Today’s West Australian carries a Westpoll survey of federal voting intention, with the usual small sample (404 respondents) and large margin of error (approaching 5 per cent). The poll has the Coalition with a two-party lead of 52-48, which if accurate would amount to a 4.5 per cent swing to Labor – a swing which would snare Labor the front-line seats of Hasluck, Canning and Swan if uniform. The poll shows Labor’s primary vote at an unlikely sounding 39 per cent compared with just 31.3 per cent at the election, with the Coalition on 47 per cent (50.6 per cent at the election) and the Greens on 10 per cent (13.3 per cent). Julia Gillard’s lead as preferred prime minister has nonetheless narrowed slightly since the pre-election Westpoll, from 47-36 to 47-38. A well-framed set of options on “satisfaction with election outcome” shows 20 per cent professing themselves “quite happy with the compromises needed to form government”, 42 per cent opted for “not really happy but better than another election” while 35 per cent are “unhappy, want another poll”. Breakdowns by voting intention tell a predictable story.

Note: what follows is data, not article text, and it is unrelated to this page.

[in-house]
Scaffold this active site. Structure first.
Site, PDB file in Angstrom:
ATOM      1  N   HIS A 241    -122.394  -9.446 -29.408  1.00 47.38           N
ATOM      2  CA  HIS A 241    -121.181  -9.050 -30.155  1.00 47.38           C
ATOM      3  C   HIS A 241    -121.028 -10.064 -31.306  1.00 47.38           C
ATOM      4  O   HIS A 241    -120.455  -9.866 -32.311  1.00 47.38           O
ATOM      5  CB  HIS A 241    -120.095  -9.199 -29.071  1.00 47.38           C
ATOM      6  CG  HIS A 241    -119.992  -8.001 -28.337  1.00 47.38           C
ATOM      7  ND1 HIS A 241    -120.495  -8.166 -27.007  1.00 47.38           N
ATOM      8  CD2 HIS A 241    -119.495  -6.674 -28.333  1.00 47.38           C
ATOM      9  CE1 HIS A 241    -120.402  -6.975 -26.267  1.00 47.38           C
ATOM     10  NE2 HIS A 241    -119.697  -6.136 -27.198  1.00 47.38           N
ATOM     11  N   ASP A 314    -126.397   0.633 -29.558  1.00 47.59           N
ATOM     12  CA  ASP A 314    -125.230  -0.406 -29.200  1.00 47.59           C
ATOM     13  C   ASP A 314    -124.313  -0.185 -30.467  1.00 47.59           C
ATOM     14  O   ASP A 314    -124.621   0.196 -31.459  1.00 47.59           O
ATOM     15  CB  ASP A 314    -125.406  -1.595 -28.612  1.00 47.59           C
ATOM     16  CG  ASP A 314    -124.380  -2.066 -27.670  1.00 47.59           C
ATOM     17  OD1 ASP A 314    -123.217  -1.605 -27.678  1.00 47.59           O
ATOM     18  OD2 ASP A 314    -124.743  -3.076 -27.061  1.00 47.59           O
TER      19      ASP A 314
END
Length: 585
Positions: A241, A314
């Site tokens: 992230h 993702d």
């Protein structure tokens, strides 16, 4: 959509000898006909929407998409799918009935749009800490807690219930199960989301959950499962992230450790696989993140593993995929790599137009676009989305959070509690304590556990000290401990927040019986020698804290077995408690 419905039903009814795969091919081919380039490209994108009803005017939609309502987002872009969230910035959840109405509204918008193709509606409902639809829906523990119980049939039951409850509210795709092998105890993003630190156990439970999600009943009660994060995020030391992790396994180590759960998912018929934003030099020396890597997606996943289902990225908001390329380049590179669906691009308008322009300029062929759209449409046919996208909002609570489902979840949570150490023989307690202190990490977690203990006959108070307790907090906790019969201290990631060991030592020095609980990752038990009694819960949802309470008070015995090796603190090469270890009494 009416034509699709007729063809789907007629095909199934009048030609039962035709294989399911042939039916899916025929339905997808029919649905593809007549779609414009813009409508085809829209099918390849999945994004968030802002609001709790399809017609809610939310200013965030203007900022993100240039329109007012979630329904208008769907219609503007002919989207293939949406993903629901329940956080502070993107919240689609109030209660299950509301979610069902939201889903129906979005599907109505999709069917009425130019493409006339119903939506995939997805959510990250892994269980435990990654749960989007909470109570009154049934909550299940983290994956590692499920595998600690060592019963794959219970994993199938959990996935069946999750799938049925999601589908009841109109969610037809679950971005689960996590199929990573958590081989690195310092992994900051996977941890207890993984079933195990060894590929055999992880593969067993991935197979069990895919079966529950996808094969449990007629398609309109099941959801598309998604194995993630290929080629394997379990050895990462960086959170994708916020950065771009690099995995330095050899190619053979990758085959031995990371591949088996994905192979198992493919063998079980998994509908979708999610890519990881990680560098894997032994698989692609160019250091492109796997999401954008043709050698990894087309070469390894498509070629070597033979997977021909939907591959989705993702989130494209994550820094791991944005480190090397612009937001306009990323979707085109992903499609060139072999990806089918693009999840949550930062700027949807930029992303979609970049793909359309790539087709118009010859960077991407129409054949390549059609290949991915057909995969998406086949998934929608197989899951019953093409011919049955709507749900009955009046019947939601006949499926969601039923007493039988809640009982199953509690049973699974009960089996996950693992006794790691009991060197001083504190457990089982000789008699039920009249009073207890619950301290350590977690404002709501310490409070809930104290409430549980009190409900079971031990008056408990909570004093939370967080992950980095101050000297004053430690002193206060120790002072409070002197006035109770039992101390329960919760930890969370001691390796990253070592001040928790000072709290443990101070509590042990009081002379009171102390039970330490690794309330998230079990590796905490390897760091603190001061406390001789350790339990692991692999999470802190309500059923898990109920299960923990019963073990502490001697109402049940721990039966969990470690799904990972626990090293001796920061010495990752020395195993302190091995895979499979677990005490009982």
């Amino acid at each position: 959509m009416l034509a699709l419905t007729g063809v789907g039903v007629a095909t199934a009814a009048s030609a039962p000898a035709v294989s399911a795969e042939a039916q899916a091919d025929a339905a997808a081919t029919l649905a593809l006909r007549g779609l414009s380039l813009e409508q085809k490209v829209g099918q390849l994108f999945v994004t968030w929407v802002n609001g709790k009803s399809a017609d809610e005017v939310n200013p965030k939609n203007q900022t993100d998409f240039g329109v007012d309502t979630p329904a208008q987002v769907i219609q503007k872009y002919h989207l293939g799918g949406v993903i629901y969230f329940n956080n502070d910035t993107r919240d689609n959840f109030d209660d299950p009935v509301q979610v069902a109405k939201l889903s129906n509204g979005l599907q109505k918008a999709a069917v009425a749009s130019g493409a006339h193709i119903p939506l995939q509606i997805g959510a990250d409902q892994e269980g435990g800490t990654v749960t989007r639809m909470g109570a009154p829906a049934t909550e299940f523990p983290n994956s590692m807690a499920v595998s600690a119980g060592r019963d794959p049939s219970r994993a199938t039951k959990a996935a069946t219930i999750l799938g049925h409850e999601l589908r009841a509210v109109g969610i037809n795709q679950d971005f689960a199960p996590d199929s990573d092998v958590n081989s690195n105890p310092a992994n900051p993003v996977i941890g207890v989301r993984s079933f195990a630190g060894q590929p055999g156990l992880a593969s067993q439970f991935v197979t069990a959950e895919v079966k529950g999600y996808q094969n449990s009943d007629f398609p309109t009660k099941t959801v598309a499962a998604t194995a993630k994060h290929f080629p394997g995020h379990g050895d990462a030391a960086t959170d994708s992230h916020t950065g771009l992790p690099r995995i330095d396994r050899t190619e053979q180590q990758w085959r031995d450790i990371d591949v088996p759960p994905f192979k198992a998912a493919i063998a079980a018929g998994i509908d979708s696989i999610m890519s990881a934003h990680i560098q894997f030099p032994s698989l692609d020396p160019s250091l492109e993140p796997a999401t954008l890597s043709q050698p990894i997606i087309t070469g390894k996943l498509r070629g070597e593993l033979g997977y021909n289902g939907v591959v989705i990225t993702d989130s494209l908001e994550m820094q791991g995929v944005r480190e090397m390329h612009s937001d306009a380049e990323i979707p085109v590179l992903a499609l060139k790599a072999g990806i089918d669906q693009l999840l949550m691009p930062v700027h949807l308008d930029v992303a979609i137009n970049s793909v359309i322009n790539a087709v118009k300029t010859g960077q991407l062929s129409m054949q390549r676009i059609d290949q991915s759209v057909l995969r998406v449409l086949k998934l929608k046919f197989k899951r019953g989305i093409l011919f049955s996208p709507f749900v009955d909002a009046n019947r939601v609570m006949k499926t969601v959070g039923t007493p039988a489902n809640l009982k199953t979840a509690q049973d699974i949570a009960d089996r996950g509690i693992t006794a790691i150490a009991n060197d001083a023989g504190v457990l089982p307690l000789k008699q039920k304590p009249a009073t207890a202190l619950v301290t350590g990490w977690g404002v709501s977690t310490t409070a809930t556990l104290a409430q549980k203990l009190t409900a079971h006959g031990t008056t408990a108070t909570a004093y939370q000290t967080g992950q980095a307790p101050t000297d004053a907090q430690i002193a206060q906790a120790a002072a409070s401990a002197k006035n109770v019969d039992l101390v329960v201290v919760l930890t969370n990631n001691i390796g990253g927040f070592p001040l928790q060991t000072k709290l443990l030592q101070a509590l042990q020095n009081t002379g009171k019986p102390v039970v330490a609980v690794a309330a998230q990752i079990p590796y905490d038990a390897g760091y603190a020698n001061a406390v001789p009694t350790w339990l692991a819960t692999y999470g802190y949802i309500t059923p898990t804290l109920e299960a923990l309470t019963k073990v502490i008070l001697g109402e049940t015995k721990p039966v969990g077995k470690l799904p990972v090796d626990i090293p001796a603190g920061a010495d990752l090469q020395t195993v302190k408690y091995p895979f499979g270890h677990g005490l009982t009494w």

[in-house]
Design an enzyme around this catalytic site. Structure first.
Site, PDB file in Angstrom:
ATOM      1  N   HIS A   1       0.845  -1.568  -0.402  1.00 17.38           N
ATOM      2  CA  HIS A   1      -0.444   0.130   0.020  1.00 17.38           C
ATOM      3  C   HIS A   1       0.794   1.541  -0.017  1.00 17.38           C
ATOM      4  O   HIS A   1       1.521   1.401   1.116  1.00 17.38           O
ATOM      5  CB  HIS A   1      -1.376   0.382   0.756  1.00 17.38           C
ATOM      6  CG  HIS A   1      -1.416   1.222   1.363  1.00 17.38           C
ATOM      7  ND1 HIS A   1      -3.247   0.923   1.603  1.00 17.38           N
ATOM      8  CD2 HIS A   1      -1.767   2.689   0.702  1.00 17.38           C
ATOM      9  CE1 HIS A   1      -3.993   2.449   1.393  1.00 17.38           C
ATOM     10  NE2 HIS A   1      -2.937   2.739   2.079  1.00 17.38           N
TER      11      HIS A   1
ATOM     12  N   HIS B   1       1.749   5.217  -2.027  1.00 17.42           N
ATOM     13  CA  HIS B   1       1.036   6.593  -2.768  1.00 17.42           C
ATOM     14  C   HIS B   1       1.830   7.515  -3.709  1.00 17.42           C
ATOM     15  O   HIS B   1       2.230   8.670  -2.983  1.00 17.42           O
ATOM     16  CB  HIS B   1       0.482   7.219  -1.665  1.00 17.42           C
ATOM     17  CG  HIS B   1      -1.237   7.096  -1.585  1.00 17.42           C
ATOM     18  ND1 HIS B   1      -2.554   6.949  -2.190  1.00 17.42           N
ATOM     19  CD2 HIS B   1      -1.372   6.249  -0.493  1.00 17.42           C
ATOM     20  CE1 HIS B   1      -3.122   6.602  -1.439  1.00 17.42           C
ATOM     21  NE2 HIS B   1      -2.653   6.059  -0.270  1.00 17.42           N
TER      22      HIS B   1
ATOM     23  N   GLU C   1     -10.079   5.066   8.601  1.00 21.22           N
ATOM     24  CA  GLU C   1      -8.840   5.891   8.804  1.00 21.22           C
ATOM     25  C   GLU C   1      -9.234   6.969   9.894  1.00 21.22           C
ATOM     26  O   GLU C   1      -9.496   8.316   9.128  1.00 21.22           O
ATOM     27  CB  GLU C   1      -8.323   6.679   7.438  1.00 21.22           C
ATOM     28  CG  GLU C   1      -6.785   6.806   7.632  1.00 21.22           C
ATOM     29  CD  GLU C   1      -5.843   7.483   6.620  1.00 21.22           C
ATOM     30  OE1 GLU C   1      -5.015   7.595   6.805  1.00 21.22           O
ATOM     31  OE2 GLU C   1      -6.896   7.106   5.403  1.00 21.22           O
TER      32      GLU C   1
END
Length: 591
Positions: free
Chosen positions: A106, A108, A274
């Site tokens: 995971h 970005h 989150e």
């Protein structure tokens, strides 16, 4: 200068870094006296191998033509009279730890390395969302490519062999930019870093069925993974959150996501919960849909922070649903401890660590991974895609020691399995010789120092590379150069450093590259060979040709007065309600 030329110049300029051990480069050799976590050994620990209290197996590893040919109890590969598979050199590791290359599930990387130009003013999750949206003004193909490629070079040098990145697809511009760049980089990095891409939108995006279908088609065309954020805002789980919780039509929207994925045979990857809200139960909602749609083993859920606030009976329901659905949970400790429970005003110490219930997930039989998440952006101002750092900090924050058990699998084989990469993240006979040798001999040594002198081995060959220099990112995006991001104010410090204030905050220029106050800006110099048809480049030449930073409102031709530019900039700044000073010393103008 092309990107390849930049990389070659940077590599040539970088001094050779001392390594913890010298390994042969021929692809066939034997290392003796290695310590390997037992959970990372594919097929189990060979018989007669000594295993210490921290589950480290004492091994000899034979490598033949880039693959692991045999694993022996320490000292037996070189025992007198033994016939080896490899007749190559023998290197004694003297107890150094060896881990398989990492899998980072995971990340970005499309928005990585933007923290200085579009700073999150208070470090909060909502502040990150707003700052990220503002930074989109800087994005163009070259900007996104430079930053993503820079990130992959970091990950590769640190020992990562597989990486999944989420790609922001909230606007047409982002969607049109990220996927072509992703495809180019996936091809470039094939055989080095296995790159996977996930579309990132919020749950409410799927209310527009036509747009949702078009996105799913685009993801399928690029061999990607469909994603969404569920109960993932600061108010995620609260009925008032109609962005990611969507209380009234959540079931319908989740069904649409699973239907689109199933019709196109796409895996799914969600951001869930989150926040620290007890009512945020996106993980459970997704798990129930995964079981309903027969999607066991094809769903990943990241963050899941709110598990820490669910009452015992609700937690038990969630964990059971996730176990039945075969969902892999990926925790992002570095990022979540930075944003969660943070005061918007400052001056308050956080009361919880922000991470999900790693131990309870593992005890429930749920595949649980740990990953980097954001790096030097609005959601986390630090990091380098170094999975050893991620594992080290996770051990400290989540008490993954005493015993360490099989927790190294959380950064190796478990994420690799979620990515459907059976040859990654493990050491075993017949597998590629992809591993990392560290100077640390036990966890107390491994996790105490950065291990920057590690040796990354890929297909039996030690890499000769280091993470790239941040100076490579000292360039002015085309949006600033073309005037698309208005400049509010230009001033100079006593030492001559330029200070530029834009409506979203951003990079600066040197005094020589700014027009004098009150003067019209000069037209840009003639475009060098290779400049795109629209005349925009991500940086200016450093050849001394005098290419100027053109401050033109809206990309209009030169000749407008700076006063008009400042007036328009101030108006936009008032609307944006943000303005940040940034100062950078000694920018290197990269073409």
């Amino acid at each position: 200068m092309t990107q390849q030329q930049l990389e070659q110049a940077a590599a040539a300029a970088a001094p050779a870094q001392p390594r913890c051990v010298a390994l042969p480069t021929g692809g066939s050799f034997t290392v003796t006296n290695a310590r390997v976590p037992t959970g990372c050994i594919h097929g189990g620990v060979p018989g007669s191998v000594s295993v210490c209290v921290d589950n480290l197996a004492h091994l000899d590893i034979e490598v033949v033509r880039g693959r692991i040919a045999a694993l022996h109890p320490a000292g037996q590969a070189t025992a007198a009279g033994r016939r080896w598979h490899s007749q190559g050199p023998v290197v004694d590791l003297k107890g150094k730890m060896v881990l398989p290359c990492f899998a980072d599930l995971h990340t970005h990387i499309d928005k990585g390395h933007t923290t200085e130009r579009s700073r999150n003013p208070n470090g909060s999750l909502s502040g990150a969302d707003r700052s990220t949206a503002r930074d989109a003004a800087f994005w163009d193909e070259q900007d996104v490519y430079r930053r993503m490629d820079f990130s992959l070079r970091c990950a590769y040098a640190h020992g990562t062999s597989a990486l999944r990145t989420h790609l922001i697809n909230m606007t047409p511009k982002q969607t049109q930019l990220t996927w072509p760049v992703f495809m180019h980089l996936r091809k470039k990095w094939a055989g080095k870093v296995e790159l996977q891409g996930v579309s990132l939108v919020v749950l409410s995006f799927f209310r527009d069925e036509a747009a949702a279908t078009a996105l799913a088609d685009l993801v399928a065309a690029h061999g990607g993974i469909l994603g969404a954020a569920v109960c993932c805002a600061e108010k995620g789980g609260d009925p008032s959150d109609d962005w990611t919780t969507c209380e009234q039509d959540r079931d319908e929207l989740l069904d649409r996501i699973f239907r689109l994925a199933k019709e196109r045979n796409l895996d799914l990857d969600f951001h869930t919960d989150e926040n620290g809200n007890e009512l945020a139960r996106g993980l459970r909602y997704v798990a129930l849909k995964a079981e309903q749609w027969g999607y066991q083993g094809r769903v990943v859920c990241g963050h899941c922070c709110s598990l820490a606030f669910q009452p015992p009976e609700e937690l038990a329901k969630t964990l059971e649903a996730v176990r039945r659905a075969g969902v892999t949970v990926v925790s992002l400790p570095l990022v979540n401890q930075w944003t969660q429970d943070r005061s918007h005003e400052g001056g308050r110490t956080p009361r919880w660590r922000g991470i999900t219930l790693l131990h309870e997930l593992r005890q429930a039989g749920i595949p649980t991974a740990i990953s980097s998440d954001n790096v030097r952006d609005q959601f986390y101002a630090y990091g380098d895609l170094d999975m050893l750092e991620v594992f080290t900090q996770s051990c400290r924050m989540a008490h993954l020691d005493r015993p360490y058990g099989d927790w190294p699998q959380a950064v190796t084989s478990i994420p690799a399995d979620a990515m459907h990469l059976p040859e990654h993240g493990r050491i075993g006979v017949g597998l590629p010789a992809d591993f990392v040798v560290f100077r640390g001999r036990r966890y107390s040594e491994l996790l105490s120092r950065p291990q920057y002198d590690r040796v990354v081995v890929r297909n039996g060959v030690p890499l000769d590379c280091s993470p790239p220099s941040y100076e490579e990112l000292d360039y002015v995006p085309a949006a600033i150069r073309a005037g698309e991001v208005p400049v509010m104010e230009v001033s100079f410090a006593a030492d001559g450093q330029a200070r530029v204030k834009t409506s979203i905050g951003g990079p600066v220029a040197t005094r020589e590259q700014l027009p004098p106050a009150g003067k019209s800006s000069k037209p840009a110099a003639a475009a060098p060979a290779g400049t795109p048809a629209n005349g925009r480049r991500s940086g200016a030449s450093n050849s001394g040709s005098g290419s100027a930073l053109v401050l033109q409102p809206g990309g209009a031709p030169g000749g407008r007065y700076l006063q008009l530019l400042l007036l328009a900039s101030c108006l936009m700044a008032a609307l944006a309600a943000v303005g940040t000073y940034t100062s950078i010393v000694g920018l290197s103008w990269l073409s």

UPDATE: Essential Research has Labor’s lead at 51-49 for the third week running, with Labor’s primary vote down a point to 41 per cent, the Coalition steady on 44 per cent and the Greens steady on 8 per cent. A question on most important issues in choosing how to vote turns up the economy, education and health as the front-runners, with asylum seekers, national security and population growth joining water security at the rear of the pack. The Liberals have substantial leads as the best party to handle various economic questions, with Labor leading most of the rest. On the question of Afghanistan, 49 per cent want the troops brought home, 13 per cent want the number increased and 24 per cent believe the current number is right.

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Peter Fray
Peter Fray
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